Medi-Cal To Face Hit From End of Stimulus Funding, Budget Cuts

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Medi-Cal is poised to take a major financial hit as billions of dollars in federal stimulus funding run out on Friday and state officials await federal approval for about $1.4 billion in new cuts to the program, the San Francisco Chronicle reports. Medi-Cal is California's Medicaid program.

Stimulus Funds Run Dry

Under the 2009 federal economic stimulus package, the federal government increased its Medicaid matching rate from 50 cents on the dollar to 62 cents on the dollar.

Over the last two years, California has received about $12.4 billion of the $90 billion that the Obama administration pumped into Medicaid programs across the country to counter the effects of the economic downturn. The higher federal matching rate expires on Friday.

State Awaits Approval for Medi-Cal Cuts

Partly in response to the end of the federal stimulus funding, California lawmakers have approved Medi-Cal cuts as part of a budget package for the new fiscal year that begins Friday.

Some of the Medi-Cal changes include:

  • A new $5 copayment for physician visits and a $3 copay for prescriptions;
  • A limit of seven physician visits annually, unless a physician certifies additional visits as being medically necessary;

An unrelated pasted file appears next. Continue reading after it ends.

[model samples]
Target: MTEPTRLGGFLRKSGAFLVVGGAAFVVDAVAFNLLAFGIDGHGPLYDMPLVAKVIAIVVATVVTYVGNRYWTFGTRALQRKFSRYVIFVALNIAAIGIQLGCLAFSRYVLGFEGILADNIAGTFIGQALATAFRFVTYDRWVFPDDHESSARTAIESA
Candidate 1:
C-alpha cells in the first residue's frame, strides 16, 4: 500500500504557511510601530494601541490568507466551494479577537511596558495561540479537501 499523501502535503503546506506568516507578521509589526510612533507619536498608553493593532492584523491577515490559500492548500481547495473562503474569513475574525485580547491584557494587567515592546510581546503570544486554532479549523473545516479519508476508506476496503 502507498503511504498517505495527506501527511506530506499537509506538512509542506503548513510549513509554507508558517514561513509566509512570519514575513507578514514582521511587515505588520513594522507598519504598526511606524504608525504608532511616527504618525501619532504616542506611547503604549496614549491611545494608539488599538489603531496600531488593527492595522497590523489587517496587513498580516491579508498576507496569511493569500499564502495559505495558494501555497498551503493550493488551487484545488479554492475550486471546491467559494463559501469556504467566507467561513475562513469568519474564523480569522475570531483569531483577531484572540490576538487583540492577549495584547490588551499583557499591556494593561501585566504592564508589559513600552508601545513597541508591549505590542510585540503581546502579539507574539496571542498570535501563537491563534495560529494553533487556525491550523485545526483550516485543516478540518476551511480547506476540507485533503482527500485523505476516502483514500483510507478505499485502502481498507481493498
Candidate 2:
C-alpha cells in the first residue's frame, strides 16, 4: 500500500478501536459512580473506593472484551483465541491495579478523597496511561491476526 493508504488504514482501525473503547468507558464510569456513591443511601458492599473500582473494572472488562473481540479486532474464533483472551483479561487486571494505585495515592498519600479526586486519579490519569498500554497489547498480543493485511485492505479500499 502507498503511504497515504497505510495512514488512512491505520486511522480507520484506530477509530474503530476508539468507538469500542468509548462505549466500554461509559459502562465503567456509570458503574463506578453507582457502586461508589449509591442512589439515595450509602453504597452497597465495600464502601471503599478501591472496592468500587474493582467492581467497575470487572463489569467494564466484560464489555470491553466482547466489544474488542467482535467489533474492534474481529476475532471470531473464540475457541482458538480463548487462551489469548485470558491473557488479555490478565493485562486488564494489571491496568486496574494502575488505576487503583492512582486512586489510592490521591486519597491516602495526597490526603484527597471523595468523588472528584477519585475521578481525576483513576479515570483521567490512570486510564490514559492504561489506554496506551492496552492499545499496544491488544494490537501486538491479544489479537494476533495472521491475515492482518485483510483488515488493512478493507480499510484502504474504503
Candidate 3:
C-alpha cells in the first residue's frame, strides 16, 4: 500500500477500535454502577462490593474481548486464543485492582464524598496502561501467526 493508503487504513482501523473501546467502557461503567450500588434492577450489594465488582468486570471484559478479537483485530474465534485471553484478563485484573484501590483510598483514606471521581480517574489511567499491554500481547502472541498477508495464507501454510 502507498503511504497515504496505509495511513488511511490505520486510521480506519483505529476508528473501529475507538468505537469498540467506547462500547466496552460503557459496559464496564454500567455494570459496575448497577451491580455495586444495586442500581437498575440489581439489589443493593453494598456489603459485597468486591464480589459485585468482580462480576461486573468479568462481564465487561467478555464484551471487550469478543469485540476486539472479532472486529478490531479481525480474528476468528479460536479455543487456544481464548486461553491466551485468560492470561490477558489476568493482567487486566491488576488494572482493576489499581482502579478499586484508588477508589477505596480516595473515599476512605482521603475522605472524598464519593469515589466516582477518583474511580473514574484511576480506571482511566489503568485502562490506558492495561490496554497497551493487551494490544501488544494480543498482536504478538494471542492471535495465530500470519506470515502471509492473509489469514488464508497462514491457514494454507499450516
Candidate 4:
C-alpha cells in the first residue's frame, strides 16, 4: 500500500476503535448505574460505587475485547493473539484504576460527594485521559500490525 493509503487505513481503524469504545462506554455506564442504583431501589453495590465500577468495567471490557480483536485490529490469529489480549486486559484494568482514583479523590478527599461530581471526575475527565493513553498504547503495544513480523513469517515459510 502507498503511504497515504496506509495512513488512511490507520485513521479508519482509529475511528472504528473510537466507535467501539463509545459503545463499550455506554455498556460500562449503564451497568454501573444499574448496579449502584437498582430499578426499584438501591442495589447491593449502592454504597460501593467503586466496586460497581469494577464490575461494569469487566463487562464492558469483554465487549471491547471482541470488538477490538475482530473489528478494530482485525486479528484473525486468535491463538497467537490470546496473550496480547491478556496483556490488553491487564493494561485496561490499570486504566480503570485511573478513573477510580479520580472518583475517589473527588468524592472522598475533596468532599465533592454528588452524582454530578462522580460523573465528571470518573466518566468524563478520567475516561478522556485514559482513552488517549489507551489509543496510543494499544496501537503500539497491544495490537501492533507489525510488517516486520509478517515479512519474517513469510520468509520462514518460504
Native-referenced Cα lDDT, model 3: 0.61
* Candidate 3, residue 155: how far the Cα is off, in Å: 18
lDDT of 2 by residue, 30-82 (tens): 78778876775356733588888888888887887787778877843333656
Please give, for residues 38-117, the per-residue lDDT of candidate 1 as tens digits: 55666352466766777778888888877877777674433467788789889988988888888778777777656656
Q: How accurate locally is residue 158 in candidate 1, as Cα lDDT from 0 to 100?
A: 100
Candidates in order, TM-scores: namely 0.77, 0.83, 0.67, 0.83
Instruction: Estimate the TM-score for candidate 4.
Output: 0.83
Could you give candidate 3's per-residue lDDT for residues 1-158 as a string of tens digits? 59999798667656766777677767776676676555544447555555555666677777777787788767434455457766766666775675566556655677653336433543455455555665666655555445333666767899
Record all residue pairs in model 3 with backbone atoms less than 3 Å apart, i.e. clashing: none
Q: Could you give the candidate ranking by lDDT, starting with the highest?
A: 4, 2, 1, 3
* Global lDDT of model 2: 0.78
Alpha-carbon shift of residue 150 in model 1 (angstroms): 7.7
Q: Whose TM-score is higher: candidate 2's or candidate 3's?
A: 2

• A $50 copay for emergency department visits and a $100 daily copay for hospital stays, up to a maximum of $200; and
  • A 10% reduction in Medi-Cal reimbursements to health care providers.

In addition, beneficiaries of Healthy Families -- California's Children's Health Insurance Program -- would face higher copays and premiums when the budget cuts take effect.

Although the cuts originally were slated to take effect on Friday, federal officials first must approve the changes. State officials then must provide a 60-day notice to Medi-Cal beneficiaries before the changes can be implemented (Colliver, San Francisco Chronicle, 6/30).

Additional Health-Related Cuts To Take Effect

When the budget for the new fiscal year begins on Friday, changes to other health and human services programs will take effect. Some of the changes include:

  • The elimination of California's adult day health care program, which could be replaced with a similar program that would serve fewer beneficiaries;
  • Cuts to California's In-Home Supportive Services program, which could mean that about 436,000 IHSS beneficiaries would lose about 16.5 hours monthly of in-home assistance; and
  • Funding reductions to services for people with developmental disabilities.

Under the budget plan that the Legislature passed for the upcoming fiscal year, California could enact further cuts to health and human services programs if the state fails to receive a projected $4 billion in higher-than-expected revenue (Buchanan, San Francisco Chronicle, 6/30).


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